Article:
Starring Anna Kendrick , Toni Collette, and Daniel Dae Kim, this sci-fi thriller film directed by Joe Penna launches us into the profound vastness of space on a two-year journey to Mars. When launch support engineer Michael Adams is accidentally trapped aboard, the crew grapples with life-threatening oxygen depletion. With intense decisions to make and sacrifices on the horizon, the team confronts dilemmas that question the very nature of humanity and survival. Combining the vast expanse of space with gripping human drama, Stowaway effortlessly secures its spot on this esteemed list. You can check out the movie here .

22. The Coldest Game (2019)

mind trip movie

‘ The Coldest Game ‘ is a Polish spy-thriller film directed by Łukasz Kośmicki. Amidst the pulsating background of the Cold War and the Cuban Missile Crisis, a hazy grandmaster chess match ensues between an American, Joshua Mansky, and his Soviet counterpart. When the original American contender mysteriously dies from supposed Soviet poisoning, Mansky, a former chess champion and mathematic genius, is thrust into the heart of this geopolitical conflict. His turbulent past, marked by alcoholism, becomes both a crutch and a gift. But the game he’s playing is far more intricate than chess, entangled with espionage, trust, and betrayal. The chessboard’s squares hide secrets far more profound than moves and countermoves. This film impeccably captures the suspense of the Cold War era, blending political tensions with personal drama. You can watch ‘The Coldest Game’ here .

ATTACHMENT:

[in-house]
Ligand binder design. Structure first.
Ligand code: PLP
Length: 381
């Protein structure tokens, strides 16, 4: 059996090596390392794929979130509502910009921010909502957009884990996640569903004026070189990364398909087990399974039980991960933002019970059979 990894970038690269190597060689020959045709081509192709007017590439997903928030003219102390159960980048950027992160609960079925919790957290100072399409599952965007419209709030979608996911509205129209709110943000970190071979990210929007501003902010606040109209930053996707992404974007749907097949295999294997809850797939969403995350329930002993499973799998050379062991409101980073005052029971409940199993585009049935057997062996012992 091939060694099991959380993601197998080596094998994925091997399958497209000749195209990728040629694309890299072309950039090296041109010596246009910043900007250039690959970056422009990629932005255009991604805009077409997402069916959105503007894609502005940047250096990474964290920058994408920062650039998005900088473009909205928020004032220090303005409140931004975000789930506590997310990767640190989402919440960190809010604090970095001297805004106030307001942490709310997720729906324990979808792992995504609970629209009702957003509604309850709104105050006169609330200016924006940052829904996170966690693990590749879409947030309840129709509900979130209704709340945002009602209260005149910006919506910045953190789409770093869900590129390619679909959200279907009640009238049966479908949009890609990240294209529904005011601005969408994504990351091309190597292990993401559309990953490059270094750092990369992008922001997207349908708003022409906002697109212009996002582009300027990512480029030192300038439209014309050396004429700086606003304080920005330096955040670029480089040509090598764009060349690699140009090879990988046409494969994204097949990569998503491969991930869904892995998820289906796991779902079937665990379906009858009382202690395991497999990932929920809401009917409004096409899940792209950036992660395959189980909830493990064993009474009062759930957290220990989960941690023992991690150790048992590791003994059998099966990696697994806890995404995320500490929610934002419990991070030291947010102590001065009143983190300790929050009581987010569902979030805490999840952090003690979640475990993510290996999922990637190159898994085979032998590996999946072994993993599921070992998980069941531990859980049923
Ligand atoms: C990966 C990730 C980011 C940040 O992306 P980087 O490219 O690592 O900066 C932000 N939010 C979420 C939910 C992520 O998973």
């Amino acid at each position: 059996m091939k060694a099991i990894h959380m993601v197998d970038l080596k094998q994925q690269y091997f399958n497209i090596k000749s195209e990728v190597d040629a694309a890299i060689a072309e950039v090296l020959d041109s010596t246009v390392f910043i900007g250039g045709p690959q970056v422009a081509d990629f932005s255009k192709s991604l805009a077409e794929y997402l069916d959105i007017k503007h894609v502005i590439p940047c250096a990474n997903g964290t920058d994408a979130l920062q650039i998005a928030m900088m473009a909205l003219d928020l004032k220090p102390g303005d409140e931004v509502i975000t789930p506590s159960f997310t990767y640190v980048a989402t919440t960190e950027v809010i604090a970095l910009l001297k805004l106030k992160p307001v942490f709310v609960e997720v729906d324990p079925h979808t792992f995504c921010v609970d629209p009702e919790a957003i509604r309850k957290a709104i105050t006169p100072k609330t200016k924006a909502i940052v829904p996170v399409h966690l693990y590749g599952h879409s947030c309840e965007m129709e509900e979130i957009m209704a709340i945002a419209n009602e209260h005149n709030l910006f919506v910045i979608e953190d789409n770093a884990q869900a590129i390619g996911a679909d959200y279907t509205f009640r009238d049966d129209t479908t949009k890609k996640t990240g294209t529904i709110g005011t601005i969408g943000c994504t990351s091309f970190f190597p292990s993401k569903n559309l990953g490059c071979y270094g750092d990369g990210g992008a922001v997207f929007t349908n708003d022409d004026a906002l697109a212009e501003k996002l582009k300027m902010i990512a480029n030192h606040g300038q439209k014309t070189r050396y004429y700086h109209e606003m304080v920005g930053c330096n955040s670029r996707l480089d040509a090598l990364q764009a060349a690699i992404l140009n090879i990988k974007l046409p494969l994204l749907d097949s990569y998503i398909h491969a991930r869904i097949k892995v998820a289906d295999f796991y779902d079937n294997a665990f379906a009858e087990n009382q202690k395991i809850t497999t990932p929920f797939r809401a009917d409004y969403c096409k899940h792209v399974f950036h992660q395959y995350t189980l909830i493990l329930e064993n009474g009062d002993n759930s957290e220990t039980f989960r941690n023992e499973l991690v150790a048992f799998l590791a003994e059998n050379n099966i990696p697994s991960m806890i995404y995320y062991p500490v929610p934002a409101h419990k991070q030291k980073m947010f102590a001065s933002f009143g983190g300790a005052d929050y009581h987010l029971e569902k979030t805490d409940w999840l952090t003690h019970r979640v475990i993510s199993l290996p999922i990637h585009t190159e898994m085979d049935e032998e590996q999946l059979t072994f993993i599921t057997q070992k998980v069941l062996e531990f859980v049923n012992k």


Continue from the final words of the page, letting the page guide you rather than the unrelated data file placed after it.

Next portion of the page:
21. Entergalactic (2022)

mind trip movie

A film’s visual appeal contributes a lot to its trippiness. ‘Entergalactic,’ created by musician/actor Kid Cudi, is an adult animated special that follows Jabari, a graffiti artist, as he navigates his personal and professional life against the urban illumination of a metropolis. The colorful animation style adds to the overall story, which, accompanied by Cudi’s music, makes ‘Entergalactic’ a true-to-form, trippy film that explores the dreamy vibe of life. The voice cast includes Cudi, Jessica Williams, Laura Harrier, Jaden Smith, and Timothée Chalamet. You can watch the film here .

20. In the Shadow of the Moon (2019)

mind trip movie

Written by Gregory Weidman and Geoff Tock, ‘In the Shadow of the Moon’ is a science fiction thriller film that stars Boyd Holbrook, Cleopatra Coleman, and Michael C. Hall. The movie revolves around a Philadelphia detective named Thomas Lockhart, whose life takes an unexpected turn when he begins the investigation into the seemingly unrelated deaths of several people due to hemorrhage. Even though he meets the culprit very soon, the drama that follows makes the murder mystery even more complicated as the Philadelphia detective gets obsessed with the time-traveling series killer in the process. You may watch ‘In the Shadow of the Moon’ here .

19. ARQ (2016)

mind trip movie